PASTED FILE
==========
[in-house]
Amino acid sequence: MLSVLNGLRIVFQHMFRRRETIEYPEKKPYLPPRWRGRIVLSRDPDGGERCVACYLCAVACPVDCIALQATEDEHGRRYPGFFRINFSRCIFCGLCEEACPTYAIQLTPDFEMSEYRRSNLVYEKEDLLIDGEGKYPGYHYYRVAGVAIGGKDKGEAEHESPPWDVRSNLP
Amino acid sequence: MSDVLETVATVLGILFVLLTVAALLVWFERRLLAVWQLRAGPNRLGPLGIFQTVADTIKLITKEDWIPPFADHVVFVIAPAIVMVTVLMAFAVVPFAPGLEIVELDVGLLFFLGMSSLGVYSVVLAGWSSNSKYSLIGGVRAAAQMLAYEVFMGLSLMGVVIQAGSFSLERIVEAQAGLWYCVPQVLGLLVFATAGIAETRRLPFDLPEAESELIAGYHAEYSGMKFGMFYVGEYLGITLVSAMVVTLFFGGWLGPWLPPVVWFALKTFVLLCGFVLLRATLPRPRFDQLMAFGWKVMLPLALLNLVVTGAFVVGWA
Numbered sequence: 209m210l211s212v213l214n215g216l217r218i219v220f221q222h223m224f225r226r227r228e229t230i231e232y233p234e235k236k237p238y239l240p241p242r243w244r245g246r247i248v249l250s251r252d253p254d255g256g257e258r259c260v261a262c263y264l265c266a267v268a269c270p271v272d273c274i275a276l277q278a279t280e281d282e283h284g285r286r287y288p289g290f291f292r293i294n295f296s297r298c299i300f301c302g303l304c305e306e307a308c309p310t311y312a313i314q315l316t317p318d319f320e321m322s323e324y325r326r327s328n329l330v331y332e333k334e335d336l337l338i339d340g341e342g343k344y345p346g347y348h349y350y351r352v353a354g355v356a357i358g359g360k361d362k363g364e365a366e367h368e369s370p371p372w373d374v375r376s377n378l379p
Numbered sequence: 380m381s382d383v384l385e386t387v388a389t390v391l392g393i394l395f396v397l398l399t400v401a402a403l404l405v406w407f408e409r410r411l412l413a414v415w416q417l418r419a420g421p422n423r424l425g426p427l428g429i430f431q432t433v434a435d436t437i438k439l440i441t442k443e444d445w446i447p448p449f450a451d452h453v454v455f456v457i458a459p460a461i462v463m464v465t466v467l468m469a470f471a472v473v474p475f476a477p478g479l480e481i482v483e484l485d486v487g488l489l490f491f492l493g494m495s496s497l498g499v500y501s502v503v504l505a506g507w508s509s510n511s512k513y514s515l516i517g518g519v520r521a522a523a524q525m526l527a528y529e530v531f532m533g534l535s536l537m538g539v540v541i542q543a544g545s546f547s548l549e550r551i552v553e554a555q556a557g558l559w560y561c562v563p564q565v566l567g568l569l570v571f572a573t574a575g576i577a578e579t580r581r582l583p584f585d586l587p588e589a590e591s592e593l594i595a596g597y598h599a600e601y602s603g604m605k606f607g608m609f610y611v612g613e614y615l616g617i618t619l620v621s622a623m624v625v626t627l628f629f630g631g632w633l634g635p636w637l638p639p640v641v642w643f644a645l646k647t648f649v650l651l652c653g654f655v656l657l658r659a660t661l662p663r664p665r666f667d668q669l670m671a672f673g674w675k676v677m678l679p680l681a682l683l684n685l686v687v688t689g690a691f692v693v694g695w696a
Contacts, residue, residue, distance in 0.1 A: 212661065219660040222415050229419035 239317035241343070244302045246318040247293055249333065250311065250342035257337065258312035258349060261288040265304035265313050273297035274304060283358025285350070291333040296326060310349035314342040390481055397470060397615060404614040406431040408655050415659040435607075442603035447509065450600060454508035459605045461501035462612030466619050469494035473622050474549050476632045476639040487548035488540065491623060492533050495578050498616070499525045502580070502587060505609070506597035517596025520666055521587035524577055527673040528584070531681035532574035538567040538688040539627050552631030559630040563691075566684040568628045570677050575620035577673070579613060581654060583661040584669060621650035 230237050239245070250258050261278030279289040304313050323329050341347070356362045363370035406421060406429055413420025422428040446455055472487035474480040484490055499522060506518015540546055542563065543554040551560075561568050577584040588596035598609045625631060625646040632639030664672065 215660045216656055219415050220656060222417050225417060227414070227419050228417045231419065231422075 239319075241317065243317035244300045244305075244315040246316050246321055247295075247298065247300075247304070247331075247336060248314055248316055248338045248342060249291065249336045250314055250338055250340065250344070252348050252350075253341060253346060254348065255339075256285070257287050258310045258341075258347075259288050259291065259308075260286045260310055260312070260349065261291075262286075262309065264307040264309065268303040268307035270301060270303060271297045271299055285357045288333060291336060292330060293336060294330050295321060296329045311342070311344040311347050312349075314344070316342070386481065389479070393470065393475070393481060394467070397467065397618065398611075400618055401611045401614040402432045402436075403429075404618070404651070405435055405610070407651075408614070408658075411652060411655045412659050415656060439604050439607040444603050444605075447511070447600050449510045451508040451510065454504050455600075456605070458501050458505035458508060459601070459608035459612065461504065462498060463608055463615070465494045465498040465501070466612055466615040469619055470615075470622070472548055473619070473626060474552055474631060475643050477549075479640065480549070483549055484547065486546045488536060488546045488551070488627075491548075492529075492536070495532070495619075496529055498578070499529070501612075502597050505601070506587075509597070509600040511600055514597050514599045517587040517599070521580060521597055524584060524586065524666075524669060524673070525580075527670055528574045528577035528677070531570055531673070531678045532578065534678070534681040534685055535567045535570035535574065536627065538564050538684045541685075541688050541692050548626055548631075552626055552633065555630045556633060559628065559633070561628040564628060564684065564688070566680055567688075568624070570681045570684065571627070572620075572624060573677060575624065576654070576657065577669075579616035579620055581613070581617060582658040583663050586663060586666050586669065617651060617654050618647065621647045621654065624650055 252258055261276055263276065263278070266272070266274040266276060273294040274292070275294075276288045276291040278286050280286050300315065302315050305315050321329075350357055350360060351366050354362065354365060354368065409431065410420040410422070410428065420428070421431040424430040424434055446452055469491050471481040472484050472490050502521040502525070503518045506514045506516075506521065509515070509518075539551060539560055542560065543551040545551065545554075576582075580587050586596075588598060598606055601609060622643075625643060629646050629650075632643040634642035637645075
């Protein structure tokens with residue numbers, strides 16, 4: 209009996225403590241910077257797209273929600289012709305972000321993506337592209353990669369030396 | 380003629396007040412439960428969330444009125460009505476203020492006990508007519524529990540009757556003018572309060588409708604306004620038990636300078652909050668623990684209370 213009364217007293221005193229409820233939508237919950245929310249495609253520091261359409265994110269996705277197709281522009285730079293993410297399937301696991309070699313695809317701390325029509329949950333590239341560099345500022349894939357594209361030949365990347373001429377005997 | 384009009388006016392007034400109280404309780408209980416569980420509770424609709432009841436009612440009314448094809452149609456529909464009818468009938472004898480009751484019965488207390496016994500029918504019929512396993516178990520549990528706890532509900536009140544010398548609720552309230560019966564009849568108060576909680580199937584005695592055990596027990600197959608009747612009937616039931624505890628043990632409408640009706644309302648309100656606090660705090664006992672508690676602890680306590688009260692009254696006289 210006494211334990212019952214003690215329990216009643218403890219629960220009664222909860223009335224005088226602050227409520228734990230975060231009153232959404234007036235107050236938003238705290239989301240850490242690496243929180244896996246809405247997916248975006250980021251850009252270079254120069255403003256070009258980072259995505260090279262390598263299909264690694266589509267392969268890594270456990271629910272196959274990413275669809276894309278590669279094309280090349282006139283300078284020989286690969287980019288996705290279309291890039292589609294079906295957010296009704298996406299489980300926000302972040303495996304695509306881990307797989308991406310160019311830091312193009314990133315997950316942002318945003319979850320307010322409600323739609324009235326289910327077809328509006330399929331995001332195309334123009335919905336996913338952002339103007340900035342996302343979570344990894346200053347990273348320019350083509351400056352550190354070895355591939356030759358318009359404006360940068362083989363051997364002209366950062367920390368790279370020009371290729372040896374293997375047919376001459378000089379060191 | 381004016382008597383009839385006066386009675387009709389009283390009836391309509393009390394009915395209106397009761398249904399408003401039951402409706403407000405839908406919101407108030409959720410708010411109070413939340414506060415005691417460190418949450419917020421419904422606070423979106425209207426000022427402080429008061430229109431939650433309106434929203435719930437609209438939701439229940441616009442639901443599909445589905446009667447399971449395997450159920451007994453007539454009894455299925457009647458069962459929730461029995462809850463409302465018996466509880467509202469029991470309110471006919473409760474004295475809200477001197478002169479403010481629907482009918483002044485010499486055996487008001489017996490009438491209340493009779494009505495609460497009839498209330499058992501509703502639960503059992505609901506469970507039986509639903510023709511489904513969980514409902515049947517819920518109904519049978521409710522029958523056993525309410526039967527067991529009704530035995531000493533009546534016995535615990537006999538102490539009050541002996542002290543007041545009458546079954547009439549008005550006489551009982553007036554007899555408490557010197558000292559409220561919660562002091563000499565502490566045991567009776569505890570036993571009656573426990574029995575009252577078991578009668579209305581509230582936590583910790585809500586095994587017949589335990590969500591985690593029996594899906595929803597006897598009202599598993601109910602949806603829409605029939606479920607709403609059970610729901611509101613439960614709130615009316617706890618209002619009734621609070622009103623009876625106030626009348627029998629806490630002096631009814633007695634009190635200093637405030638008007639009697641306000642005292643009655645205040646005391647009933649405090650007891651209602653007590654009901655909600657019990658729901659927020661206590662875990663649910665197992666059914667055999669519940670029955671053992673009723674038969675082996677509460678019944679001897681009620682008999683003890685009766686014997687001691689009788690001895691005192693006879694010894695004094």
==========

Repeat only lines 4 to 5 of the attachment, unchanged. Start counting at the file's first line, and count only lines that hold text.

Numbered sequence: 209m210l211s212v213l214n215g216l217r218i219v220f221q222h223m224f225r226r227r228e229t230i231e232y233p234e235k236k237p238y239l240p241p242r243w244r245g246r247i248v249l250s251r252d253p254d255g256g257e258r259c260v261a262c263y264l265c266a267v268a269c270p271v272d273c274i275a276l277q278a279t280e281d282e283h284g285r286r287y288p289g290f291f292r293i294n295f296s297r298c299i300f301c302g303l304c305e306e307a308c309p310t311y312a313i314q315l316t317p318d319f320e321m322s323e324y325r326r327s328n329l330v331y332e333k334e335d336l337l338i339d340g341e342g343k344y345p346g347y348h349y350y351r352v353a354g355v356a357i358g359g360k361d362k363g364e365a366e367h368e369s370p371p372w373d374v375r376s377n378l379p
Numbered sequence: 380m381s382d383v384l385e386t387v388a389t390v391l392g393i394l395f396v397l398l399t400v401a402a403l404l405v406w407f408e409r410r411l412l413a414v415w416q417l418r419a420g421p422n423r424l425g426p427l428g429i430f431q432t433v434a435d436t437i438k439l440i441t442k443e444d445w446i447p448p449f450a451d452h453v454v455f456v457i458a459p460a461i462v463m464v465t466v467l468m469a470f471a472v473v474p475f476a477p478g479l480e481i482v483e484l485d486v487g488l489l490f491f492l493g494m495s496s497l498g499v500y501s502v503v504l505a506g507w508s509s510n511s512k513y514s515l516i517g518g519v520r521a522a523a524q525m526l527a528y529e530v531f532m533g534l535s536l537m538g539v540v541i542q543a544g545s546f547s548l549e550r551i552v553e554a555q556a557g558l559w560y561c562v563p564q565v566l567g568l569l570v571f572a573t574a575g576i577a578e579t580r581r582l583p584f585d586l587p588e589a590e591s592e593l594i595a596g597y598h599a600e601y602s603g604m605k606f607g608m609f610y611v612g613e614y615l616g617i618t619l620v621s622a623m624v625v626t627l628f629f630g631g632w633l634g635p636w637l638p639p640v641v642w643f644a645l646k647t648f649v650l651l652c653g654f655v656l657l658r659a660t661l662p663r664p665r666f667d668q669l670m671a672f673g674w675k676v677m678l679p680l681a682l683l684n685l686v687v688t689g690a691f692v693v694g695w696a